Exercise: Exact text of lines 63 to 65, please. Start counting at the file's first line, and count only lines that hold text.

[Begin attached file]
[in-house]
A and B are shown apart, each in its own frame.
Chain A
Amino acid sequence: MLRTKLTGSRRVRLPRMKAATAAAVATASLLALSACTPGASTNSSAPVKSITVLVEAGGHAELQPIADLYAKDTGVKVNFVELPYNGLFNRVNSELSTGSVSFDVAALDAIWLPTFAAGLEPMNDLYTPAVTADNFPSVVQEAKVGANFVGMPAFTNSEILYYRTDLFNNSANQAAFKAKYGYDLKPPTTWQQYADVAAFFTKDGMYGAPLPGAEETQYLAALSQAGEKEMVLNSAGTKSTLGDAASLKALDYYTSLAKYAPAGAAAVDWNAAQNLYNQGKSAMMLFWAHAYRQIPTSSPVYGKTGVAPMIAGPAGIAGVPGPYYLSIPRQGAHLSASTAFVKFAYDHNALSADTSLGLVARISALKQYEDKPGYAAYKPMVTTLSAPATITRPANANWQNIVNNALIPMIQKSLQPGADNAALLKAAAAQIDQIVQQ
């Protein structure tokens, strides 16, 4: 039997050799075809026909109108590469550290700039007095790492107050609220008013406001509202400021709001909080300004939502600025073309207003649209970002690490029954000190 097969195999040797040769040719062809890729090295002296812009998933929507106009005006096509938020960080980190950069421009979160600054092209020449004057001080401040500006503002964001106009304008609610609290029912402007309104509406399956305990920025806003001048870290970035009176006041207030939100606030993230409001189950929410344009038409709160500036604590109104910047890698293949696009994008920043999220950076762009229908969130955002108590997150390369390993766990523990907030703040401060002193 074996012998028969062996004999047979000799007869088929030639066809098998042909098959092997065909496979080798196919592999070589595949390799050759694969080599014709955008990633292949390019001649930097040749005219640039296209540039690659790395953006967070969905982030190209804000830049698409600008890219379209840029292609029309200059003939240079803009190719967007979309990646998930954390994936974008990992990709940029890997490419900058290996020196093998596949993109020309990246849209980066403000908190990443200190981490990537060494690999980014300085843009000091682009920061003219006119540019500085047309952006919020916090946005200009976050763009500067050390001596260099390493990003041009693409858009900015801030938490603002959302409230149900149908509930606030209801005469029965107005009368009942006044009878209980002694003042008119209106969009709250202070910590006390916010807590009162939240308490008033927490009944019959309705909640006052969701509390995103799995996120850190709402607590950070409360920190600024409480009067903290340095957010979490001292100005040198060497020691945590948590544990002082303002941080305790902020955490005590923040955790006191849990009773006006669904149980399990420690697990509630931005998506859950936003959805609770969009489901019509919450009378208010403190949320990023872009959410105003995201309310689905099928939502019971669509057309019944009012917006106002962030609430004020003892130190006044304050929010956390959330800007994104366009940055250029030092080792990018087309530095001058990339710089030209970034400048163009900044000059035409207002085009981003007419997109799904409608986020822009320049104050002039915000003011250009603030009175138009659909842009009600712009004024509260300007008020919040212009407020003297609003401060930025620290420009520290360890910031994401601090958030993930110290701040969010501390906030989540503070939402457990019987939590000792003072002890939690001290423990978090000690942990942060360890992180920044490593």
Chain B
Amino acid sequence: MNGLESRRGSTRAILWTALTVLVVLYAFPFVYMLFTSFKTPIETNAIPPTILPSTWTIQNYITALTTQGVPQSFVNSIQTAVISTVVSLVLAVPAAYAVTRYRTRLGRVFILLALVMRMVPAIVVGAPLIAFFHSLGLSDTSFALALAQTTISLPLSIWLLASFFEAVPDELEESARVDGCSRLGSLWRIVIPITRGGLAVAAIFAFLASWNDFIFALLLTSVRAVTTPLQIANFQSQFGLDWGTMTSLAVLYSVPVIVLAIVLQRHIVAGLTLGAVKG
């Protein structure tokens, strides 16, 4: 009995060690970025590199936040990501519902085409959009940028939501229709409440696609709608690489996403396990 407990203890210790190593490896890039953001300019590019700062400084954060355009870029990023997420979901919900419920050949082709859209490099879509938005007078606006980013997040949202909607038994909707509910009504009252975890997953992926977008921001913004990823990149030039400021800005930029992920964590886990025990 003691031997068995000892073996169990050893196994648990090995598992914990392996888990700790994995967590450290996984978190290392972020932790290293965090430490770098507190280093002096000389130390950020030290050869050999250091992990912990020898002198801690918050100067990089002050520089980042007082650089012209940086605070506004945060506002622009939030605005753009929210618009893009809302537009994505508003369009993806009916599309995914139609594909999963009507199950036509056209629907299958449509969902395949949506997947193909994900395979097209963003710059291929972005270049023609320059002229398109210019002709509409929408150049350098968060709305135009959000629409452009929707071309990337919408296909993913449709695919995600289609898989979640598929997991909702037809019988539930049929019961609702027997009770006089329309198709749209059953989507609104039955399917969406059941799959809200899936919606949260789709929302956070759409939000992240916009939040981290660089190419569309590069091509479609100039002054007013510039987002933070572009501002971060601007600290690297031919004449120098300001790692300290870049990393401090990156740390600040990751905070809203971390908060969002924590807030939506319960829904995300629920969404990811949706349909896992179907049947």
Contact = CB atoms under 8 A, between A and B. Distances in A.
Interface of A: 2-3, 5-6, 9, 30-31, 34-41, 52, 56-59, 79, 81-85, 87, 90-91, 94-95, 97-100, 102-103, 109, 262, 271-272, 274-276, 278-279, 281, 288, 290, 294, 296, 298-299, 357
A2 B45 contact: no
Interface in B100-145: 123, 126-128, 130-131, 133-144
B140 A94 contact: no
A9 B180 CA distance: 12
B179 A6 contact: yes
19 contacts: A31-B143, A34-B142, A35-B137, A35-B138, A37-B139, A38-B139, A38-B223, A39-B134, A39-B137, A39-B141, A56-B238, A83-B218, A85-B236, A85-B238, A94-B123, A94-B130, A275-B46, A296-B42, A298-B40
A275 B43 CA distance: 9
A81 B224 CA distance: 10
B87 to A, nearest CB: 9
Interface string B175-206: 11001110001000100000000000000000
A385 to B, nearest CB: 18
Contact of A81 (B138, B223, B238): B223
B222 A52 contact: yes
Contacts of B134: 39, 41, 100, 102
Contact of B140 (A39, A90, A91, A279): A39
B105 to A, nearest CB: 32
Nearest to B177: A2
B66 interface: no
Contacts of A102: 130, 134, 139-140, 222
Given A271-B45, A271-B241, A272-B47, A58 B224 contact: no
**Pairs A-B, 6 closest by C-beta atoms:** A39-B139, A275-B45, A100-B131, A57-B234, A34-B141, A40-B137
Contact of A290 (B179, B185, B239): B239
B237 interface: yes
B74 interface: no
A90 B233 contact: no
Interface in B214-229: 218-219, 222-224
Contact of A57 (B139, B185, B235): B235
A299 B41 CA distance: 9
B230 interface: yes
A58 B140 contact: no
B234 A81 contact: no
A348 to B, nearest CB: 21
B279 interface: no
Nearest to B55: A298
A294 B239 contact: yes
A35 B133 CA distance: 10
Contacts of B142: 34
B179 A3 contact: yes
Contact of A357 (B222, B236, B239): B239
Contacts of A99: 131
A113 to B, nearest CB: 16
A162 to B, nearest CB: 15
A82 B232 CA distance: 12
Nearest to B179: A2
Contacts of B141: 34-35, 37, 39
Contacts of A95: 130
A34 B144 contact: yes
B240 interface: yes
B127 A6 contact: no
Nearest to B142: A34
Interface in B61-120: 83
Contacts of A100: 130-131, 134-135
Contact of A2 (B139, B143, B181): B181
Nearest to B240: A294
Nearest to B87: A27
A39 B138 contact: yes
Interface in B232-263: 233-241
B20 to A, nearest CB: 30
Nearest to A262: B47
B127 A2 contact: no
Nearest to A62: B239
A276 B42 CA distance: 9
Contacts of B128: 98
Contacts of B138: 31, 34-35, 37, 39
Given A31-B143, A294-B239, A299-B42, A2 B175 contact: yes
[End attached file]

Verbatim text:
Contact of A2 (B139, B143, B181): B181
Nearest to B240: A294
Nearest to B87: A27